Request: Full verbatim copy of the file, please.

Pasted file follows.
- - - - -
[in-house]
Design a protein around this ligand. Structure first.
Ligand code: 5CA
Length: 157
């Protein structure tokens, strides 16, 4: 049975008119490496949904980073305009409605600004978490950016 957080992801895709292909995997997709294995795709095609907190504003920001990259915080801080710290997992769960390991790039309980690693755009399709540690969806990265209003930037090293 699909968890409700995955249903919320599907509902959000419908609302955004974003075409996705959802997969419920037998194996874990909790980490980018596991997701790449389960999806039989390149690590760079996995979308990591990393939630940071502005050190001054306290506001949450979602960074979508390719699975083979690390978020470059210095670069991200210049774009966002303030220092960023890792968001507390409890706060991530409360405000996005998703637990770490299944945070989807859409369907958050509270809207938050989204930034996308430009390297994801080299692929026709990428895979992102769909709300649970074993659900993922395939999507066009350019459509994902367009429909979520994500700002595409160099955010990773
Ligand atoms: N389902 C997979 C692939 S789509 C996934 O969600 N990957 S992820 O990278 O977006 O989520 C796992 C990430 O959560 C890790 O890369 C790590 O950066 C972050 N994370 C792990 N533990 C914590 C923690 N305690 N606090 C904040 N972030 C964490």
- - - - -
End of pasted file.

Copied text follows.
[in-house]
Design a protein around this ligand. Structure first.
Ligand code: 5CA
Length: 157
């Protein structure tokens, strides 16, 4: 049975008119490496949904980073305009409605600004978490950016 957080992801895709292909995997997709294995795709095609907190504003920001990259915080801080710290997992769960390991790039309980690693755009399709540690969806990265209003930037090293 699909968890409700995955249903919320599907509902959000419908609302955004974003075409996705959802997969419920037998194996874990909790980490980018596991997701790449389960999806039989390149690590760079996995979308990591990393939630940071502005050190001054306290506001949450979602960074979508390719699975083979690390978020470059210095670069991200210049774009966002303030220092960023890792968001507390409890706060991530409360405000996005998703637990770490299944945070989807859409369907958050509270809207938050989204930034996308430009390297994801080299692929026709990428895979992102769909709300649970074993659900993922395939999507066009350019459509994902367009429909979520994500700002595409160099955010990773
Ligand atoms: N389902 C997979 C692939 S789509 C996934 O969600 N990957 S992820 O990278 O977006 O989520 C796992 C990430 O959560 C890790 O890369 C790590 O950066 C972050 N994370 C792990 N533990 C914590 C923690 N305690 N606090 C904040 N972030 C964490």